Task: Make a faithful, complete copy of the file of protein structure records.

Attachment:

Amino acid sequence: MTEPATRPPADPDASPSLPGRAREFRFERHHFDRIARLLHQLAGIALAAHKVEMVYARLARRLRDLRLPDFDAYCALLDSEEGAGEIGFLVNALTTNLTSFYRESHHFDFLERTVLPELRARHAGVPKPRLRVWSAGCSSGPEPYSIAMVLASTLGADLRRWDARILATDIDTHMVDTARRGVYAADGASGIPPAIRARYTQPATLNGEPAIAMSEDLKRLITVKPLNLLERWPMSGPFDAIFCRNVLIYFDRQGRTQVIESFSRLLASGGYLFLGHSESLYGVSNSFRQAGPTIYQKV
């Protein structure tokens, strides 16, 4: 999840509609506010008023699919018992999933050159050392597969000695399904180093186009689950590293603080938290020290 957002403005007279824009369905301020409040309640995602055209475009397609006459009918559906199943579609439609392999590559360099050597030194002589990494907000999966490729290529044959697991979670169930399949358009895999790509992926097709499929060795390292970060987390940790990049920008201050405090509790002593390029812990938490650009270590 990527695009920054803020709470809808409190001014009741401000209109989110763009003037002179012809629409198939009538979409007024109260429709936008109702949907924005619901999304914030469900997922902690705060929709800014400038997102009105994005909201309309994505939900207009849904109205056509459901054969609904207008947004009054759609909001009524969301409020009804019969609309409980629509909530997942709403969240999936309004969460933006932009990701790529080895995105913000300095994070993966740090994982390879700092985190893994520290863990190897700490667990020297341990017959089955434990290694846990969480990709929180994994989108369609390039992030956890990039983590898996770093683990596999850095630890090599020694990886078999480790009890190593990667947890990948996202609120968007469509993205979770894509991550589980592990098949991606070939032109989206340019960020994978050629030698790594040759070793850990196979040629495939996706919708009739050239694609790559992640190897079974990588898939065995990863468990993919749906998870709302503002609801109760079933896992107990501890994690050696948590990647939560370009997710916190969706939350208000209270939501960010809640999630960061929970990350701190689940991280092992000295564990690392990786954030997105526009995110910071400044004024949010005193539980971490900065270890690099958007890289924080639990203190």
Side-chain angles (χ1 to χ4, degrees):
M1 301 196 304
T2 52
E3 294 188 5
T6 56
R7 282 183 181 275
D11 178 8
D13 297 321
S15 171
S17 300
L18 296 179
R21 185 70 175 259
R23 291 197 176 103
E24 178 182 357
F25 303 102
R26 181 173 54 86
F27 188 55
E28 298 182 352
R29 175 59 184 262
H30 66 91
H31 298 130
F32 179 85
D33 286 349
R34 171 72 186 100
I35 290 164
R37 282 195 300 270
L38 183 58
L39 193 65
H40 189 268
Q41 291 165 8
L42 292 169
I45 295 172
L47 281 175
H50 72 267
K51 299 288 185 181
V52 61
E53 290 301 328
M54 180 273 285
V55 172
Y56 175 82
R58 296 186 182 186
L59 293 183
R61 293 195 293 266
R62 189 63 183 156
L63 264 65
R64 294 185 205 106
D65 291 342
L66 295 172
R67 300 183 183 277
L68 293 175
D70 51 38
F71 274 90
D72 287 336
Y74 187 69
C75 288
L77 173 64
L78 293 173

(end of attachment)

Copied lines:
Amino acid sequence: MTEPATRPPADPDASPSLPGRAREFRFERHHFDRIARLLHQLAGIALAAHKVEMVYARLARRLRDLRLPDFDAYCALLDSEEGAGEIGFLVNALTTNLTSFYRESHHFDFLERTVLPELRARHAGVPKPRLRVWSAGCSSGPEPYSIAMVLASTLGADLRRWDARILATDIDTHMVDTARRGVYAADGASGIPPAIRARYTQPATLNGEPAIAMSEDLKRLITVKPLNLLERWPMSGPFDAIFCRNVLIYFDRQGRTQVIESFSRLLASGGYLFLGHSESLYGVSNSFRQAGPTIYQKV
């Protein structure tokens, strides 16, 4: 999840509609506010008023699919018992999933050159050392597969000695399904180093186009689950590293603080938290020290 957002403005007279824009369905301020409040309640995602055209475009397609006459009918559906199943579609439609392999590559360099050597030194002589990494907000999966490729290529044959697991979670169930399949358009895999790509992926097709499929060795390292970060987390940790990049920008201050405090509790002593390029812990938490650009270590 990527695009920054803020709470809808409190001014009741401000209109989110763009003037002179012809629409198939009538979409007024109260429709936008109702949907924005619901999304914030469900997922902690705060929709800014400038997102009105994005909201309309994505939900207009849904109205056509459901054969609904207008947004009054759609909001009524969301409020009804019969609309409980629509909530997942709403969240999936309004969460933006932009990701790529080895995105913000300095994070993966740090994982390879700092985190893994520290863990190897700490667990020297341990017959089955434990290694846990969480990709929180994994989108369609390039992030956890990039983590898996770093683990596999850095630890090599020694990886078999480790009890190593990667947890990948996202609120968007469509993205979770894509991550589980592990098949991606070939032109989206340019960020994978050629030698790594040759070793850990196979040629495939996706919708009739050239694609790559992640190897079974990588898939065995990863468990993919749906998870709302503002609801109760079933896992107990501890994690050696948590990647939560370009997710916190969706939350208000209270939501960010809640999630960061929970990350701190689940991280092992000295564990690392990786954030997105526009995110910071400044004024949010005193539980971490900065270890690099958007890289924080639990203190």
Side-chain angles (χ1 to χ4, degrees):
M1 301 196 304
T2 52
E3 294 188 5
T6 56
R7 282 183 181 275
D11 178 8
D13 297 321
S15 171
S17 300
L18 296 179
R21 185 70 175 259
R23 291 197 176 103
E24 178 182 357
F25 303 102
R26 181 173 54 86
F27 188 55
E28 298 182 352
R29 175 59 184 262
H30 66 91
H31 298 130
F32 179 85
D33 286 349
R34 171 72 186 100
I35 290 164
R37 282 195 300 270
L38 183 58
L39 193 65
H40 189 268
Q41 291 165 8
L42 292 169
I45 295 172
L47 281 175
H50 72 267
K51 299 288 185 181
V52 61
E53 290 301 328
M54 180 273 285
V55 172
Y56 175 82
R58 296 186 182 186
L59 293 183
R61 293 195 293 266
R62 189 63 183 156
L63 264 65
R64 294 185 205 106
D65 291 342
L66 295 172
R67 300 183 183 277
L68 293 175
D70 51 38
F71 274 90
D72 287 336
Y74 187 69
C75 288
L77 173 64
L78 293 173